My final process currently in the planning / task thinking stage, is my rewrite/revise pass stage. This is scheduled for the new year, and will basically be done in Scrivener again, using the version image functions to keep copies of older scenes.
I will also be using my file transfer / compile to different formats to allow myself a fresh look at the novel all up (see the file transfer section above). I will be compiling to ebook formats and reading on my e-reader apps on my iPAD. Another well-known trick is to read out loud, which I will do – when nobody is home.
I may also send my final draft as PDF or ebook form to any first-up beta readers. At this point, I have a limited corkboard of thoughts on this revision and rewrite schedule. It looks like this –
Coming up, I will also have similar corkboards and processes for 2.5 publishing and 2.6 marketing/promotional work. And of course, there may well be several tools used for this, but this has been a long post, as a roundup for this year, and it’s time to publish (the post, that is).
- Corkulous (iPad app) – corkboard used for organisation and thoughts at a project level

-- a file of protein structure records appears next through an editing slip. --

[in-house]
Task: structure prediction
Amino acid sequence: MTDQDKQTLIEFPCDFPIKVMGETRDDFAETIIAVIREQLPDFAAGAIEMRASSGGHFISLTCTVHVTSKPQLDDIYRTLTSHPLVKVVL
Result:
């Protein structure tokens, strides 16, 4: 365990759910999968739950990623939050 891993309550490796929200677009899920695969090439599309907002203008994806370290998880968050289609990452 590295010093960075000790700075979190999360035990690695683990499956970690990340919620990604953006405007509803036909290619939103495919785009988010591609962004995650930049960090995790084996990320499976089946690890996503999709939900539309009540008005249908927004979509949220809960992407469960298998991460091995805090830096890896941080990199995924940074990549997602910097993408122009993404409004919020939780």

- Scrivener – for Mac or Windows – used as my overall writing environment and organiser of materials. Overall series project to contain series data, individual novel projects for writing / research and notes.
- Evernote (PC, Web, iPAD, everywhere) – used for overall research notes and snippets.
- Dropbox – used to transfer and share many file formats between systems. Many apps on the iPAD support Dropbox also.
- Simplenote (MAC, iPAD) – one of the best (imho) simple text note takers with synching.
- Resophnotes – (PC) – synchronises with Simplenote.
- Gumnotes (PC) – synchronises with Simplenote.
- Pages (Mac and iPAD app) – writing app which can export as PDF, or rich text file.
- Manuscript (iPAD app) – another excellent writing app for iPAD
- iAnnotate PDF (iPAD app) – excellent notation on PDF files on the iPAD.
- Kindle App (Available for everything, so find it for your system – link is for iTunes)
- Index Card (iPAD app)
- Power Structure (PC & Mac) – used for re-visualising the elements of my novel.
- Liquid Story Binder (PC) – full writing and project workspace for writers.
- Others mentioned – Supernotecard, Writers Blocks or Writers’ Blocks Essence, Outline 4D.